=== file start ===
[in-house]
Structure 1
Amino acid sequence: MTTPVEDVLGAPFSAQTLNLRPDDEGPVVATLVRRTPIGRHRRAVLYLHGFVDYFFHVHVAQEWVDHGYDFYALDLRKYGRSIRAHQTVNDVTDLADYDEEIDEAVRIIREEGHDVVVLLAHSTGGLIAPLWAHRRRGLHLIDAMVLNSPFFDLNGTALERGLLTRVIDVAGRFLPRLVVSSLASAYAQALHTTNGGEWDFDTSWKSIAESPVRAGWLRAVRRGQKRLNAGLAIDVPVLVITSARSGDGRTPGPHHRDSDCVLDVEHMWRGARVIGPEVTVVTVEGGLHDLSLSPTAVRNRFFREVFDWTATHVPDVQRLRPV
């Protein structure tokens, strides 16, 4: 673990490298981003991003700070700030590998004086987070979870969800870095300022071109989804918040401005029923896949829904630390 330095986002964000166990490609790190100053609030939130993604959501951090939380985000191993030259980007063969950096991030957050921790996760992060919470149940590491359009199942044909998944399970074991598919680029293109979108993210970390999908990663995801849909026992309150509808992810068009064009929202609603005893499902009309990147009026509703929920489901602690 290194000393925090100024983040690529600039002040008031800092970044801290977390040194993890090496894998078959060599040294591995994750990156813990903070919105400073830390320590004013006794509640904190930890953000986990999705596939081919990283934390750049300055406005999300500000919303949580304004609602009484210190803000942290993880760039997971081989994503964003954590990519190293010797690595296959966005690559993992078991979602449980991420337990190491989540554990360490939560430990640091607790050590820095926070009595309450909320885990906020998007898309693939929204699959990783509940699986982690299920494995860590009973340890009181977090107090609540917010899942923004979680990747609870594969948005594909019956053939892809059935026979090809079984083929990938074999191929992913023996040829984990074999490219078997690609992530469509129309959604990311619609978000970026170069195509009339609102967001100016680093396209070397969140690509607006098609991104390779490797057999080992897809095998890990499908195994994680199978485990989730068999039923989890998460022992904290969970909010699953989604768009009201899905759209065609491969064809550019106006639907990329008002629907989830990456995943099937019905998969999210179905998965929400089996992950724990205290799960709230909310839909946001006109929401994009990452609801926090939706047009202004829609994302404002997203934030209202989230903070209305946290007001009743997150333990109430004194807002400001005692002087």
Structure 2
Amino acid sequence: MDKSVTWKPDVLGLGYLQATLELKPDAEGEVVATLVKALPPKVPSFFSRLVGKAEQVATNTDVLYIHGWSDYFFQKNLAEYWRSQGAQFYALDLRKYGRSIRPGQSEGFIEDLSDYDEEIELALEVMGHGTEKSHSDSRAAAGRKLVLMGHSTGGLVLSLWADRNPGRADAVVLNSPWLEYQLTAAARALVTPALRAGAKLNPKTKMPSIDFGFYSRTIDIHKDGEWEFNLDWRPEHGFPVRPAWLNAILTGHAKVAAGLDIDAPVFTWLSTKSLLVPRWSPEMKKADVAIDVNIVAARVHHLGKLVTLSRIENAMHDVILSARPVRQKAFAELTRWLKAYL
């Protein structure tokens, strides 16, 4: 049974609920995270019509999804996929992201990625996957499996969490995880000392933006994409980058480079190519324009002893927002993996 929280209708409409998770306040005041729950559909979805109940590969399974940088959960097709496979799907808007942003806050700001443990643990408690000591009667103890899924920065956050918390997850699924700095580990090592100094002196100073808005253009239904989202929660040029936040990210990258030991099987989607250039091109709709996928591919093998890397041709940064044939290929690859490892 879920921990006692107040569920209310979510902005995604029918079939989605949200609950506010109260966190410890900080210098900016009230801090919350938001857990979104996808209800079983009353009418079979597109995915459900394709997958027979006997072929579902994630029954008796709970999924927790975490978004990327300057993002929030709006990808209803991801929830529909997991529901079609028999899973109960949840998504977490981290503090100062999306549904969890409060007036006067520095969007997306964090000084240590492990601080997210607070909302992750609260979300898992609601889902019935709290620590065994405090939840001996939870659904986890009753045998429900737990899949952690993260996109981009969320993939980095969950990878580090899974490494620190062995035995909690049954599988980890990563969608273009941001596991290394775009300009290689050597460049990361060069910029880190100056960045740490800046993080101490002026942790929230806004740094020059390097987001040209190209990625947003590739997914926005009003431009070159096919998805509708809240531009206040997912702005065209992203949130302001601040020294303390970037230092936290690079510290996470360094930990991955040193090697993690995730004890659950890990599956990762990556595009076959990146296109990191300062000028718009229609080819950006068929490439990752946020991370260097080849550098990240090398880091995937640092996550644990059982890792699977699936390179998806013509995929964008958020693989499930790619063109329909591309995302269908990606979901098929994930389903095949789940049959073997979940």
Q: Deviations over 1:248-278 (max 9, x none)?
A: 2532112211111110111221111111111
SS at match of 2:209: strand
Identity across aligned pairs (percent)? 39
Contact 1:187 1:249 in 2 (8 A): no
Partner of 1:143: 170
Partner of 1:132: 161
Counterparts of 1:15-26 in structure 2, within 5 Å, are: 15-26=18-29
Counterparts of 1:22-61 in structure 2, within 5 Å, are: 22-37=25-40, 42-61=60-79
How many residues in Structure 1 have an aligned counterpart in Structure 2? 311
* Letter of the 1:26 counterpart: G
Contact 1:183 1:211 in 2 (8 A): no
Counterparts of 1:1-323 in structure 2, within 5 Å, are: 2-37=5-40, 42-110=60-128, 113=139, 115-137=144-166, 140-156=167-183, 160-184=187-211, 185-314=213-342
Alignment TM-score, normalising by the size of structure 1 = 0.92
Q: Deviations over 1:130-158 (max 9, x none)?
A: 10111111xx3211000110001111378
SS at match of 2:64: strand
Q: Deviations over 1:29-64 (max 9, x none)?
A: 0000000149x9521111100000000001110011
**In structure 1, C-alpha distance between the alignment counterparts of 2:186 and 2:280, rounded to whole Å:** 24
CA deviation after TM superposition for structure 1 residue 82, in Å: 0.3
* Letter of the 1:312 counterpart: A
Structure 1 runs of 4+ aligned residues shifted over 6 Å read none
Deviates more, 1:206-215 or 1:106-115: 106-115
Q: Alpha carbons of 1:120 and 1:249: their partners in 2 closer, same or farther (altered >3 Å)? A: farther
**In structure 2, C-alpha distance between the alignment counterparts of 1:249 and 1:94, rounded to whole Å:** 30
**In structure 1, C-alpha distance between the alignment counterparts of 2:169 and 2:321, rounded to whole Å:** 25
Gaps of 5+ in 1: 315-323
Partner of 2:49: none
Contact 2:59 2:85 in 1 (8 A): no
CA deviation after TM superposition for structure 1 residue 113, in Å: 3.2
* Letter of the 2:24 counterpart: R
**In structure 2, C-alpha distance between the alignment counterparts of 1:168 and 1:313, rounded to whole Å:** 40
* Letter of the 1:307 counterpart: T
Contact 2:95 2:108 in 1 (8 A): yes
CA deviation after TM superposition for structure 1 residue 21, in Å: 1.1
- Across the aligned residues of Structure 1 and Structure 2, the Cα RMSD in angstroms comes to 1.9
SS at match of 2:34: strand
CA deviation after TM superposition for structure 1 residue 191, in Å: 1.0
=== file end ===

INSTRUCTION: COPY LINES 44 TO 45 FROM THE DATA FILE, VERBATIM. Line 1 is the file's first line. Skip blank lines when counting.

- Across the aligned residues of Structure 1 and Structure 2, the Cα RMSD in angstroms comes to 1.9
SS at match of 2:34: strand